NAME¶urxvtd - urxvt terminal daemon
SYNOPSIS¶urxvtd [-q|--quiet] [-o|--opendisplay] [-f|--fork] [-m|--mlock] [-e|--eval perlstring]
urxvtd -q -o -f # for .xsession use
DESCRIPTION¶This manpage describes the urxvtd daemon, which is the same vt102 terminal emulator as urxvt, but runs as a daemon that can open multiple terminal windows within the same process.
You can run it from your X startup scripts, for example, although it is not dependent on a working DISPLAY and, in fact, can open windows on multiple X displays on the same time.
Advantages of running a urxvt daemon include faster creation time for terminal windows and a lot of saved memory.
The disadvantage is a possible impact on stability - if the main program crashes, all processes in the terminal windows are terminated. For example, as there is no way to cleanly react to abnormal connection closes, "xkill" and server resets/restarts will kill the urxvtd instance including all windows it has opened.
OPTIONS¶urxvtd currently understands a few options only. Bundling of options is not yet supported.
- -q, --quiet
- Normally, urxvtd outputs the message "rxvt-unicode daemon listening on <path>" after binding to its control socket. This option will suppress this message (errors and warnings will still be logged).
- -o, --opendisplay
- This forces urxvtd to open a connection to the current
$DISPLAY and keep it open.
This is useful if you want to bind an instance of urxvtd to the lifetime of a specific display/server. If the server does a reset, urxvtd will be killed automatically.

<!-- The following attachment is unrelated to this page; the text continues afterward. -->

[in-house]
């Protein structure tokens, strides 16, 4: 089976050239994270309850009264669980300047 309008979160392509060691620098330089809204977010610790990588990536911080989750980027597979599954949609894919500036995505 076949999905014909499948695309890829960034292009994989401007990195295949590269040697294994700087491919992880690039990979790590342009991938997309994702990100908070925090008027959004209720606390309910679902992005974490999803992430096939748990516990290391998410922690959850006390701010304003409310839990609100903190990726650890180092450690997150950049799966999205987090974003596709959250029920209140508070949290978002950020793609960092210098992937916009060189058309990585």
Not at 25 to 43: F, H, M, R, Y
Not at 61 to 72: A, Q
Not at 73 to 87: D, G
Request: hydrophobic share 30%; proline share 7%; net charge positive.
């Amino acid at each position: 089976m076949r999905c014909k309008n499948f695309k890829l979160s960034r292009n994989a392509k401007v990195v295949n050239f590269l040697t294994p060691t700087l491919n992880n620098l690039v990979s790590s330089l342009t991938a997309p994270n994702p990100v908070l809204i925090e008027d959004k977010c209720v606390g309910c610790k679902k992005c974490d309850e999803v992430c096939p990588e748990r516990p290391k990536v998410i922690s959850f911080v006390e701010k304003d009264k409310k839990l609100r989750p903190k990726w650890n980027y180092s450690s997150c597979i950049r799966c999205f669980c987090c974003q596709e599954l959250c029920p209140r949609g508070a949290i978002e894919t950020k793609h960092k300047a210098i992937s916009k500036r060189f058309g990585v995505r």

- -f, --fork
- This makes urxvtd fork after it has bound itself to its control socket.
- -m, --mlock
- This makes urxvtd call mlockall(2) on itself. This locks
urxvtd in RAM and prevents it from being swapped out to disk, at
the cost of consuming a lot more memory on most operating systems.
Note: In order to use this feature, your system administrator must have set your user's RLIMIT_MEMLOCK to a size greater than or equal to the size of the urxvtd binary (or to unlimited). See /etc/security/limits.conf.
Note 2: There is a known bug in glibc (possibly fixed in 2.8 and later versions) where calloc returns non-zeroed memory when mlockall is in effect. If you experience crashes or other odd behaviour while using --mlock, try it without it.
- -e, --eval perlstring
- Evaluate the given perl code after basic initialisation (requires perl
support to be enabled when compiling urxvtd).
This can be used for example to configure the internal perl interpreter, which is shared between all terminal instances, or create additional listening sockets for additional protocols.
The code is currently executed before creating the normal listening sockets: this might change in future versions.
EXAMPLES¶This is a useful invocation of urxvtd in a .xsession-style script:
urxvtd -q -f -o
This waits till the control socket is available, opens the current display and forks into the background. When you log-out, the server is reset and urxvtd is killed.
- Both urxvtc and urxvtd use the environment variable RXVT_SOCKET to create a listening socket and to contact the urxvtd, respectively. If the variable is missing then $HOME/.urxvt/urxvtd-<nodename> is used.
- LISTEN_PID, LISTEN_FDS, LISTEN_FDNAMES
- if these environment variables are set, urxvtd checks for a file descriptor passed by the service manager via systemd native interface. If one is provided, urxvtd uses it as its listening socket instead of creating one as specified above.
- Only used when the "--opendisplay" option is specified. Must contain a valid X display name.
SEE ALSO¶urxvt(7), urxvtc(1)